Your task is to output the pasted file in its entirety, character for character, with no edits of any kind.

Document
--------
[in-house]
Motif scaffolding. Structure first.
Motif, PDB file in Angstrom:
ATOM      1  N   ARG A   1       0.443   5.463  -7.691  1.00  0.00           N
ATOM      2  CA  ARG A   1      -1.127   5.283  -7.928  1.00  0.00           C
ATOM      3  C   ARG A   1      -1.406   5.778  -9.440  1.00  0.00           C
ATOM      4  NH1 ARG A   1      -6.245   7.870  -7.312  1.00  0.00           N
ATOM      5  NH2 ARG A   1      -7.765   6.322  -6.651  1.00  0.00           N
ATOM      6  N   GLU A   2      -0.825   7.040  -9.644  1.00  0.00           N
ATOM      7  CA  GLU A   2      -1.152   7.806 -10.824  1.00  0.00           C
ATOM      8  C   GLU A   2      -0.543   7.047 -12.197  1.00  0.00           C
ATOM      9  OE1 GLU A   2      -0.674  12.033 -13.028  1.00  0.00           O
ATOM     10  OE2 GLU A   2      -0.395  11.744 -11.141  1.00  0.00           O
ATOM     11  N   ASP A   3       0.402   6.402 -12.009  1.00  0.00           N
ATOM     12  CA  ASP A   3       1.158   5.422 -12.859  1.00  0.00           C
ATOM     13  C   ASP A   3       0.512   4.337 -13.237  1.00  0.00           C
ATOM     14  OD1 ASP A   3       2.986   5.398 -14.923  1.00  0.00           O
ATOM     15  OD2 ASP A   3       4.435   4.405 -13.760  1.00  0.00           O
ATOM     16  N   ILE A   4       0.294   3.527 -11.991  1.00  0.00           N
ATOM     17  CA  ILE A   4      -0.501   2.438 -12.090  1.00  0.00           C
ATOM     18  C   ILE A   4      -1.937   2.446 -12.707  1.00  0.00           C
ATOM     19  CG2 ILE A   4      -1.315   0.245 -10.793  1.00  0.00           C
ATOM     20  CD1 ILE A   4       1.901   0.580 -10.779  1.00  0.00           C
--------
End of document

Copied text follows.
[in-house]
Motif scaffolding. Structure first.
Motif, PDB file in Angstrom:
ATOM      1  N   ARG A   1       0.443   5.463  -7.691  1.00  0.00           N
ATOM      2  CA  ARG A   1      -1.127   5.283  -7.928  1.00  0.00           C
ATOM      3  C   ARG A   1      -1.406   5.778  -9.440  1.00  0.00           C
ATOM      4  NH1 ARG A   1      -6.245   7.870  -7.312  1.00  0.00           N
ATOM      5  NH2 ARG A   1      -7.765   6.322  -6.651  1.00  0.00           N
ATOM      6  N   GLU A   2      -0.825   7.040  -9.644  1.00  0.00           N
ATOM      7  CA  GLU A   2      -1.152   7.806 -10.824  1.00  0.00           C
ATOM      8  C   GLU A   2      -0.543   7.047 -12.197  1.00  0.00           C
ATOM      9  OE1 GLU A   2      -0.674  12.033 -13.028  1.00  0.00           O
ATOM     10  OE2 GLU A   2      -0.395  11.744 -11.141  1.00  0.00           O
ATOM     11  N   ASP A   3       0.402   6.402 -12.009  1.00  0.00           N
ATOM     12  CA  ASP A   3       1.158   5.422 -12.859  1.00  0.00           C
ATOM     13  C   ASP A   3       0.512   4.337 -13.237  1.00  0.00           C
ATOM     14  OD1 ASP A   3       2.986   5.398 -14.923  1.00  0.00           O
ATOM     15  OD2 ASP A   3       4.435   4.405 -13.760  1.00  0.00           O
ATOM     16  N   ILE A   4       0.294   3.527 -11.991  1.00  0.00           N
ATOM     17  CA  ILE A   4      -0.501   2.438 -12.090  1.00  0.00           C
ATOM     18  C   ILE A   4      -1.937   2.446 -12.707  1.00  0.00           C
ATOM     19  CG2 ILE A   4      -1.315   0.245 -10.793  1.00  0.00           C
ATOM     20  CD1 ILE A   4       1.901   0.580 -10.779  1.00  0.00           C